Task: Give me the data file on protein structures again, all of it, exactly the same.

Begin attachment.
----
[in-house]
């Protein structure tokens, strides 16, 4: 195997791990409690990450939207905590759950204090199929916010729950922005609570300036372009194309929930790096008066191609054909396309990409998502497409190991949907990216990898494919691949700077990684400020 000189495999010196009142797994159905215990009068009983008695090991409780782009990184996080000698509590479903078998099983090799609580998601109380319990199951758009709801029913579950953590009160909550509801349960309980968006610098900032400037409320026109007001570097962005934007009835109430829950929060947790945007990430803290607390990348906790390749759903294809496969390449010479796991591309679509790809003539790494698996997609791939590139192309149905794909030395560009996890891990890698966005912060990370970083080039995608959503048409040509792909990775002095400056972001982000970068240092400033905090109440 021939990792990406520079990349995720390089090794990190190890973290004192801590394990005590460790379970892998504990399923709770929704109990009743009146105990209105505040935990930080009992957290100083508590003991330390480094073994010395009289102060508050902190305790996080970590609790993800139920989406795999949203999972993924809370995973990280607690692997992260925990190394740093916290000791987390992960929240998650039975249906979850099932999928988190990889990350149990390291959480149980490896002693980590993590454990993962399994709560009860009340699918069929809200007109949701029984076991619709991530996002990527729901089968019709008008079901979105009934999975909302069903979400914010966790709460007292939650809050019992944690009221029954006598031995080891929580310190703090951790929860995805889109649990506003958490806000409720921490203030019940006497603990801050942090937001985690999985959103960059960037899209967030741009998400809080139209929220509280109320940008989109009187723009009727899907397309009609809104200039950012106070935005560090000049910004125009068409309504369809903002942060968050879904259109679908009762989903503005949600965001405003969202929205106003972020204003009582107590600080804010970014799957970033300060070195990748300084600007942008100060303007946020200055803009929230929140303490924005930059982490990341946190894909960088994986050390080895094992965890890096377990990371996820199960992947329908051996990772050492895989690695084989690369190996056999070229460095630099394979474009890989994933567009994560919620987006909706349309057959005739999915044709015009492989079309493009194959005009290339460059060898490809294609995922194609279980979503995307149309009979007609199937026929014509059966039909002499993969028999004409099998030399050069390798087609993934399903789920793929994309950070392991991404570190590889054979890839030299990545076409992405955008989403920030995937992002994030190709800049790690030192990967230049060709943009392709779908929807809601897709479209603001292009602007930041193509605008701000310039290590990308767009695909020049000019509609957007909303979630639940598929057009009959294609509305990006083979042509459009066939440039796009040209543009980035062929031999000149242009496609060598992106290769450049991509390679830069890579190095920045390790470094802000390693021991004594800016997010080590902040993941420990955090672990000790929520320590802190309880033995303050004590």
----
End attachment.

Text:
[in-house]
């Protein structure tokens, strides 16, 4: 195997791990409690990450939207905590759950204090199929916010729950922005609570300036372009194309929930790096008066191609054909396309990409998502497409190991949907990216990898494919691949700077990684400020 000189495999010196009142797994159905215990009068009983008695090991409780782009990184996080000698509590479903078998099983090799609580998601109380319990199951758009709801029913579950953590009160909550509801349960309980968006610098900032400037409320026109007001570097962005934007009835109430829950929060947790945007990430803290607390990348906790390749759903294809496969390449010479796991591309679509790809003539790494698996997609791939590139192309149905794909030395560009996890891990890698966005912060990370970083080039995608959503048409040509792909990775002095400056972001982000970068240092400033905090109440 021939990792990406520079990349995720390089090794990190190890973290004192801590394990005590460790379970892998504990399923709770929704109990009743009146105990209105505040935990930080009992957290100083508590003991330390480094073994010395009289102060508050902190305790996080970590609790993800139920989406795999949203999972993924809370995973990280607690692997992260925990190394740093916290000791987390992960929240998650039975249906979850099932999928988190990889990350149990390291959480149980490896002693980590993590454990993962399994709560009860009340699918069929809200007109949701029984076991619709991530996002990527729901089968019709008008079901979105009934999975909302069903979400914010966790709460007292939650809050019992944690009221029954006598031995080891929580310190703090951790929860995805889109649990506003958490806000409720921490203030019940006497603990801050942090937001985690999985959103960059960037899209967030741009998400809080139209929220509280109320940008989109009187723009009727899907397309009609809104200039950012106070935005560090000049910004125009068409309504369809903002942060968050879904259109679908009762989903503005949600965001405003969202929205106003972020204003009582107590600080804010970014799957970033300060070195990748300084600007942008100060303007946020200055803009929230929140303490924005930059982490990341946190894909960088994986050390080895094992965890890096377990990371996820199960992947329908051996990772050492895989690695084989690369190996056999070229460095630099394979474009890989994933567009994560919620987006909706349309057959005739999915044709015009492989079309493009194959005009290339460059060898490809294609995922194609279980979503995307149309009979007609199937026929014509059966039909002499993969028999004409099998030399050069390798087609993934399903789920793929994309950070392991991404570190590889054979890839030299990545076409992405955008989403920030995937992002994030190709800049790690030192990967230049060709943009392709779908929807809601897709479209603001292009602007930041193509605008701000310039290590990308767009695909020049000019509609957007909303979630639940598929057009009959294609509305990006083979042509459009066939440039796009040209543009980035062929031999000149242009496609060598992106290769450049991509390679830069890579190095920045390790470094802000390693021991004594800016997010080590902040993941420990955090672990000790929520320590802190309880033995303050004590």